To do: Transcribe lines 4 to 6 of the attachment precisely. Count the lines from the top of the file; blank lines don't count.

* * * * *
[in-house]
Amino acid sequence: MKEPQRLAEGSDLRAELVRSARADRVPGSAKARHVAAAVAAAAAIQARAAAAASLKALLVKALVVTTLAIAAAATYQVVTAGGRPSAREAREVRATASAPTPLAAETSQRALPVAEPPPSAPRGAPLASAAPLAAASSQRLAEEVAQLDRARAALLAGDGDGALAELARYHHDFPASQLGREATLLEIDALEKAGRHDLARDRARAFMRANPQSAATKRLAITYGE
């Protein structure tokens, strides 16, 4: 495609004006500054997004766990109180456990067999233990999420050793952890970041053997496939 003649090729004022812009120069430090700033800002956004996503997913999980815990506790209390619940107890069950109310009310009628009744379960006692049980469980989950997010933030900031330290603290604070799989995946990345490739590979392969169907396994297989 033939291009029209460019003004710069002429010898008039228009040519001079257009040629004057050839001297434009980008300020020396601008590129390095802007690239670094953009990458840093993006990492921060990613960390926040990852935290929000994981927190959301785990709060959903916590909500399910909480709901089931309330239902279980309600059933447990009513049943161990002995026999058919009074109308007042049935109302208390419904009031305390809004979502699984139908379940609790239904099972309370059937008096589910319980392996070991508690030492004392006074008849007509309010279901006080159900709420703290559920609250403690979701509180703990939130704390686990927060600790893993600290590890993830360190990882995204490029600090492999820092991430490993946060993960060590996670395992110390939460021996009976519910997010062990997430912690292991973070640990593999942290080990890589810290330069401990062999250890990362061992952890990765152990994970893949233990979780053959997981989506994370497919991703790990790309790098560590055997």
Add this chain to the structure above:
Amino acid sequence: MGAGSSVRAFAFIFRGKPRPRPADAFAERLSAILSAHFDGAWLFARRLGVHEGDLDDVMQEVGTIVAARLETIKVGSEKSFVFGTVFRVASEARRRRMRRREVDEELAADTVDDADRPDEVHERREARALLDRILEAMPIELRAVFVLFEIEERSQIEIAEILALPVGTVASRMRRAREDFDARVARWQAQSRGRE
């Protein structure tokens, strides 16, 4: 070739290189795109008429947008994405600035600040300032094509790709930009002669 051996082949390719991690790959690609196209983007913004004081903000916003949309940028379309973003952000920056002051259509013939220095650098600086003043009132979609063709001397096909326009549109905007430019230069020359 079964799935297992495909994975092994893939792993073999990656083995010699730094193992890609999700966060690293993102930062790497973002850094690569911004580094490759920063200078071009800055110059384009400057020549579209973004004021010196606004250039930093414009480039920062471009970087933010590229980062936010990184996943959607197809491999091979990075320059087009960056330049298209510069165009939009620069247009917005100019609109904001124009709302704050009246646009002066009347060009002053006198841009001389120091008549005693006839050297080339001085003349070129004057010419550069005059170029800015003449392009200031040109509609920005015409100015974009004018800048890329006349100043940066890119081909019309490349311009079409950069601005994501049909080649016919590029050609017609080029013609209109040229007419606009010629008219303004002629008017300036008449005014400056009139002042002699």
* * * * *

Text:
Add this chain to the structure above:
Amino acid sequence: MGAGSSVRAFAFIFRGKPRPRPADAFAERLSAILSAHFDGAWLFARRLGVHEGDLDDVMQEVGTIVAARLETIKVGSEKSFVFGTVFRVASEARRRRMRRREVDEELAADTVDDADRPDEVHERREARALLDRILEAMPIELRAVFVLFEIEERSQIEIAEILALPVGTVASRMRRAREDFDARVARWQAQSRGRE
């Protein structure tokens, strides 16, 4: 070739290189795109008429947008994405600035600040300032094509790709930009002669 051996082949390719991690790959690609196209983007913004004081903000916003949309940028379309973003952000920056002051259509013939220095650098600086003043009132979609063709001397096909326009549109905007430019230069020359 079964799935297992495909994975092994893939792993073999990656083995010699730094193992890609999700966060690293993102930062790497973002850094690569911004580094490759920063200078071009800055110059384009400057020549579209973004004021010196606004250039930093414009480039920062471009970087933010590229980062936010990184996943959607197809491999091979990075320059087009960056330049298209510069165009939009620069247009917005100019609109904001124009709302704050009246646009002066009347060009002053006198841009001389120091008549005693006839050297080339001085003349070129004057010419550069005059170029800015003449392009200031040109509609920005015409100015974009004018800048890329006349100043940066890119081909019309490349311009079409950069601005994501049909080649016919590029050609017609080029013609209109040229007419606009010629008219303004002629008017300036008449005014400056009139002042002699």